Could GPS collars help avert Zim lion cull?

2016-03-04 09:02
Cecil the lion in Hwange National Park.(Bryan Orford, YouTube)

Cecil the lion in Hwange National Park.(Bryan Orford, YouTube)

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Harare - They're expensive, not always easy to fit and they have a lifespan of just one year, but GPS collars might just help stave off a lion cull in Zimbabwe.

Bubye Valley Conservancy in the country's arid south has been in the news recently following media reports that it was considering carrying out a cull of up to 200 lions on its over-populated piece of land.

Dr Byron du Preez, who runs the Bubye Valley Conservation Research Initiative, says that the reports were premature and that any kind of lion cull was "not yet necessary".

The conservancy this week appealed to wildlife lovers to consider sponsoring GPS (Global Positioning System) collars for some of the lions.

Cecil the Lion first brought the use of GPS collars on lions in Zimbabwe to global attention. His collar was removed by hunters after he was controversially killed in July last year - it's not illegal for a licensed hunter to kill a collared lion in the country.

There are over 500 lions on the 3 000-square-kilometre Bubye Valley Conservancy, which is on the other side of Zimbabwe to Hwange National Park where Cecil lived.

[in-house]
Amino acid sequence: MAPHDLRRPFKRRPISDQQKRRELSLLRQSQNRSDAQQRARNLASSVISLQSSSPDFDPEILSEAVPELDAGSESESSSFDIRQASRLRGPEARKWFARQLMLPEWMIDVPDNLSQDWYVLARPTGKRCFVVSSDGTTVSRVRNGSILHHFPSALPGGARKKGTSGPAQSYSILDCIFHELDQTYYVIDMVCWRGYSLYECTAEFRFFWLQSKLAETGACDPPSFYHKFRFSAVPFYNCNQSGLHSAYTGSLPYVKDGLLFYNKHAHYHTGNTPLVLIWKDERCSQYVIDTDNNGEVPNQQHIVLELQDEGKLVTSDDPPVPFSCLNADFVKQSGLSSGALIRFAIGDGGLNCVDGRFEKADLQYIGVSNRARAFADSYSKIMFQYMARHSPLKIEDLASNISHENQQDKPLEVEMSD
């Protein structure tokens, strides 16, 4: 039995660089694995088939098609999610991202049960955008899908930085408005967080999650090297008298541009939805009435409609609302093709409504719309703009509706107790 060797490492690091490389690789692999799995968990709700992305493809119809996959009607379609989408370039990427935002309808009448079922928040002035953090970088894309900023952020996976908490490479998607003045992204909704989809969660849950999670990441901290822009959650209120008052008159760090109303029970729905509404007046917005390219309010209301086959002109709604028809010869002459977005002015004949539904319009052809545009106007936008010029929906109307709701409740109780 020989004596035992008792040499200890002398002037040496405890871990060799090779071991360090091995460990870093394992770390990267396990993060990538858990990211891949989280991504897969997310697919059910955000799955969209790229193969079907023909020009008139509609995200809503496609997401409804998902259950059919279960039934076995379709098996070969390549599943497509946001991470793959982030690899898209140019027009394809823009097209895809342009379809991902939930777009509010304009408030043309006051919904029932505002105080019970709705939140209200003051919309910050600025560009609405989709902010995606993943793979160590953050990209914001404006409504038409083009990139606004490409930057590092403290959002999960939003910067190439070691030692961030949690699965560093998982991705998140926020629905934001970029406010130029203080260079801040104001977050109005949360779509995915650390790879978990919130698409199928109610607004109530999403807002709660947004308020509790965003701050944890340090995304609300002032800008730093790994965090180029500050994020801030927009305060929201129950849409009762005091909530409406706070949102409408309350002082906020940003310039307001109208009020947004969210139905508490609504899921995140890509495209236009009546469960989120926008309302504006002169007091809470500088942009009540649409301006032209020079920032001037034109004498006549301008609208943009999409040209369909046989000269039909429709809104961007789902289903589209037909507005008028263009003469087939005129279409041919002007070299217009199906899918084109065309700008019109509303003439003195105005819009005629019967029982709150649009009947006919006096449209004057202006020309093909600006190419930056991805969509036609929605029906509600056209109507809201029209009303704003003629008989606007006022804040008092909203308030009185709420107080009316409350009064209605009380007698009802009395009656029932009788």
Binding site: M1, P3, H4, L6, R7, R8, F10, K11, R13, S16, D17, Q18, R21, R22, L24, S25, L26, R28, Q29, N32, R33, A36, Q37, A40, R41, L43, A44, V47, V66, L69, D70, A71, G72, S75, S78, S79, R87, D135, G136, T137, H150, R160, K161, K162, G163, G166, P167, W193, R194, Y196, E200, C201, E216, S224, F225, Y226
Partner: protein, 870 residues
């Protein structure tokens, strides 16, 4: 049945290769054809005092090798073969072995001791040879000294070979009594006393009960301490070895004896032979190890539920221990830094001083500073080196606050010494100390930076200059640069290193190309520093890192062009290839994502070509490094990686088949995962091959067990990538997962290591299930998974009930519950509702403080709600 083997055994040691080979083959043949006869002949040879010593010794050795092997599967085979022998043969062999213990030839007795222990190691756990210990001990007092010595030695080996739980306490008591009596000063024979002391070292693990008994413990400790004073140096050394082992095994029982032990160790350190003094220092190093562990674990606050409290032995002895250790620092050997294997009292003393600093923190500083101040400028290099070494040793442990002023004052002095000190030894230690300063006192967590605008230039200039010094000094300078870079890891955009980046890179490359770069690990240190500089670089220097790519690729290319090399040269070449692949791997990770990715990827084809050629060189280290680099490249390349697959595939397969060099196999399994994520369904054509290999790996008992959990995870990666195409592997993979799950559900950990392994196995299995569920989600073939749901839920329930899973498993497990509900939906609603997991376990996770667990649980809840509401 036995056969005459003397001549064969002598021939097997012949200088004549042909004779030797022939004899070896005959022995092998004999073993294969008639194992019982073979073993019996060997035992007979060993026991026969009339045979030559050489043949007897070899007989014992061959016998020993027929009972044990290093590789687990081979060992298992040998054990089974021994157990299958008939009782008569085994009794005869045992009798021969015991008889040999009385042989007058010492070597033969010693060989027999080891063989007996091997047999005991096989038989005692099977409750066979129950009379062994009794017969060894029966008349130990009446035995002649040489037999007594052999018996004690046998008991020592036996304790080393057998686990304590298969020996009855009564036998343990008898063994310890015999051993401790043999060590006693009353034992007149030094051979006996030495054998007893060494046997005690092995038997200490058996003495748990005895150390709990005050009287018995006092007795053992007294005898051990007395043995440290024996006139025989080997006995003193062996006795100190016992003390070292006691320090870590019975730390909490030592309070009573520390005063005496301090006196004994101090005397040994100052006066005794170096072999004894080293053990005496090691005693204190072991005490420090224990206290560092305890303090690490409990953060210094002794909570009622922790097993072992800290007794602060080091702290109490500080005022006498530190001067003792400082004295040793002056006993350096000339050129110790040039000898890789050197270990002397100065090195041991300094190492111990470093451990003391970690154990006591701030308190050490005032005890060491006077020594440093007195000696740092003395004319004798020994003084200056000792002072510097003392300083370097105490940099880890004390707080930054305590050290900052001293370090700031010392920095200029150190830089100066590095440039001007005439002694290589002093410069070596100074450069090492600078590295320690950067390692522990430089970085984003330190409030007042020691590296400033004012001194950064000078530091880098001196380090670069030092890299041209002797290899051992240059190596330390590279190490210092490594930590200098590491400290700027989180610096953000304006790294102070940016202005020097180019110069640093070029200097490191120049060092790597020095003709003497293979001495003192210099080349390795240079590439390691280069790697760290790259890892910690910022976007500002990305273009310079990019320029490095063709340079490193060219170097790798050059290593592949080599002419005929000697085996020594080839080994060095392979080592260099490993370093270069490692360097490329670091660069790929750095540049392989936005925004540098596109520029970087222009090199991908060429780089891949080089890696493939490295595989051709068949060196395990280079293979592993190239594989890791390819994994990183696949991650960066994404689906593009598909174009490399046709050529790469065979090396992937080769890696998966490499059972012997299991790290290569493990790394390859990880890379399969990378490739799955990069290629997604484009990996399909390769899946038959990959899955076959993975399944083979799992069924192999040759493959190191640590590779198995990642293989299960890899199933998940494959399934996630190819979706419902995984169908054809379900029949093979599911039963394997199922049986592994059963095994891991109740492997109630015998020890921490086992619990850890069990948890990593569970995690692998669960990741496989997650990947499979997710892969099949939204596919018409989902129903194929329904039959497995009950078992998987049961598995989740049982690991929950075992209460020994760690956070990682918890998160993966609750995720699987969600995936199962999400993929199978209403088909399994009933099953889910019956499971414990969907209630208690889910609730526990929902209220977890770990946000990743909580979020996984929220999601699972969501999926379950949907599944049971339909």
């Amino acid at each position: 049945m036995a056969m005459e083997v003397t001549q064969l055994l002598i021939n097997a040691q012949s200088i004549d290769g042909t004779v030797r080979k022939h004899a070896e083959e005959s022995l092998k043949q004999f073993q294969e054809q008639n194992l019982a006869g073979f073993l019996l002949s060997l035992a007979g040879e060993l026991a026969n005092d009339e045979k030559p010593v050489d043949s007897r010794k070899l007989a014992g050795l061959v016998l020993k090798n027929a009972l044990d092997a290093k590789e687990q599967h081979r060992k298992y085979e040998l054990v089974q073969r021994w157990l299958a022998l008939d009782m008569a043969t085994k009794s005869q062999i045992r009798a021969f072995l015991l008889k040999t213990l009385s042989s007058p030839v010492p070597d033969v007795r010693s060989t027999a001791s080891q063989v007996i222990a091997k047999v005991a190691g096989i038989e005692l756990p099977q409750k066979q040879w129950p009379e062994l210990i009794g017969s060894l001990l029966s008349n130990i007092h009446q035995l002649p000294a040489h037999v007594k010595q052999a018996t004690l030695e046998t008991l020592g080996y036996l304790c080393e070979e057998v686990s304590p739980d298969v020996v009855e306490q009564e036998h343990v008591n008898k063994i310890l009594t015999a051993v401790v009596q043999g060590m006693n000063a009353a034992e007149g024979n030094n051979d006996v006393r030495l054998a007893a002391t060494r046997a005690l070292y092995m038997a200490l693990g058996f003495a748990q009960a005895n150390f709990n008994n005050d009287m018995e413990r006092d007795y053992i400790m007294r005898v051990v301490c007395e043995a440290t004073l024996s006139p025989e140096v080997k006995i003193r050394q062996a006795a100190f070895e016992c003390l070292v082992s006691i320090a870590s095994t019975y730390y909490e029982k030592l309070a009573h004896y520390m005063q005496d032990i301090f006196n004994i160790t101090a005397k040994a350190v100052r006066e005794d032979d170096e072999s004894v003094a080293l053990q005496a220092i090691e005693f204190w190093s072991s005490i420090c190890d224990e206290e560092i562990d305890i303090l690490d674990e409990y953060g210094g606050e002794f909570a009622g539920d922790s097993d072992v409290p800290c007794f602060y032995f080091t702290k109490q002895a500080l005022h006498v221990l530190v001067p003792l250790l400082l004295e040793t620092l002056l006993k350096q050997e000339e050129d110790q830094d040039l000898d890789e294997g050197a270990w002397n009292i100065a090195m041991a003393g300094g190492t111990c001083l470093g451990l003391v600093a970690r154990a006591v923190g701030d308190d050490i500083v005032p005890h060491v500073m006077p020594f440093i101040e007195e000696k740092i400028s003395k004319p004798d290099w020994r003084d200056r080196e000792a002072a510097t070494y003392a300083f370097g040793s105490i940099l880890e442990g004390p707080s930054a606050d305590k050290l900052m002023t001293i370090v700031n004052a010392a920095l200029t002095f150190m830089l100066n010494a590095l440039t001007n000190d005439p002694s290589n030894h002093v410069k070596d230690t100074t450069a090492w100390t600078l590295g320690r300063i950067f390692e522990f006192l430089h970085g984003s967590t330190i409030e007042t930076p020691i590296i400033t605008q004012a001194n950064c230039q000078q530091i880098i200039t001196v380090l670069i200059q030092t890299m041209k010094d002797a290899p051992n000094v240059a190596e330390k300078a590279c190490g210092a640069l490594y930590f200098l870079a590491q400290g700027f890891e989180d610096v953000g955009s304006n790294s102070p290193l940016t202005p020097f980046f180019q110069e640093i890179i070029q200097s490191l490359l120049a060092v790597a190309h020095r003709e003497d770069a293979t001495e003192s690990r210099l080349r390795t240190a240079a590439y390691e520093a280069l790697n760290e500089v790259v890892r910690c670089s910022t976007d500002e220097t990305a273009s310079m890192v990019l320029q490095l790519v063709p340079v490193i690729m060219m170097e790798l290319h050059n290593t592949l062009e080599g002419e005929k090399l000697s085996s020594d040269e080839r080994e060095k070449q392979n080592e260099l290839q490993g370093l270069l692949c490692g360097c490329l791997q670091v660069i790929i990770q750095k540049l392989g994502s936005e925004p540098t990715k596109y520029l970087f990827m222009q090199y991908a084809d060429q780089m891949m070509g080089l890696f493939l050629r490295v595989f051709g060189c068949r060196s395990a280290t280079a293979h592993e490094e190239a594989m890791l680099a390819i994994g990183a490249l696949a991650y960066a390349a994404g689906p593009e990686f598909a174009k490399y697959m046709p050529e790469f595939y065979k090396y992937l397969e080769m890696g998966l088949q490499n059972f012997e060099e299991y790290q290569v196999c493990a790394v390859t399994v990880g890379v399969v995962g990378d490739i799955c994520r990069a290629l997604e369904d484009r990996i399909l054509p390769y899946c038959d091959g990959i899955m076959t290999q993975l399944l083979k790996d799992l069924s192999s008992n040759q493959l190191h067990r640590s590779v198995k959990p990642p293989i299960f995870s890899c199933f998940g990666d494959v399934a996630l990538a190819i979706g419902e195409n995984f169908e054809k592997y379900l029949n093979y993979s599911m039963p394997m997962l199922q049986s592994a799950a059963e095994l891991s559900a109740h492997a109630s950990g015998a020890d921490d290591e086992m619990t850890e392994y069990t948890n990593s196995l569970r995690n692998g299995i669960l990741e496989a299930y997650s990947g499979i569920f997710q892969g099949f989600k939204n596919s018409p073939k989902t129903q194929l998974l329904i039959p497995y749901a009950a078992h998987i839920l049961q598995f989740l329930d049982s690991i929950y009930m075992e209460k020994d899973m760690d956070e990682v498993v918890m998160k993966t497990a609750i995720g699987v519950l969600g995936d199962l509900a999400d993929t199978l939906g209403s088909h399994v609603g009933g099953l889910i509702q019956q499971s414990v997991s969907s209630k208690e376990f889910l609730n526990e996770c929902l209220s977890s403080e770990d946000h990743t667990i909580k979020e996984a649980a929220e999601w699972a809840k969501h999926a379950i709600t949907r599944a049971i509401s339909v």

As the population of lions increases at Bubye, they have been causing a decline in numbers not just of traditional prey like zebra and wildebeest, but also of competing predators like wild dogs and cheetahs.


Du Preez told News24 that the data captured by GPS collars "helps to give wildlife managers a better idea of what decisions need to be made".

"The research might uncover new facts that had before eluded even consideration. Maybe, in time the data will show that the lions are in fact starting to control their own numbers, because lions kill lions.

"Maybe without the lions there would subsequently be an even larger problem of overgrazing and habitat destruction that may not recover in our lifetime," he said.

Collars aren't the only method used by researchers to collect ecological data about lions. Du Preez says he also uses camera traps ("if you have enough, they let you monitor the whole population"), and spends a fair amount of time monitoring lion scats.

What he's seeing at the moment from the data he's got is that Bubye's lion population - so threatened in other non-fenced areas of Africa - is still "rapidly expanding".

But that may not be the whole picture, which is why more collars are so desperately needed.

"I think that the collars, camera-traps, scats, and drones one day could help to stave off a cull if it shows that the best course of action for holistic conservation is to let lions keep the other animals in check," he said.

Read more on:    zimbabwe  |  southern africa  |  conservation  |  animals

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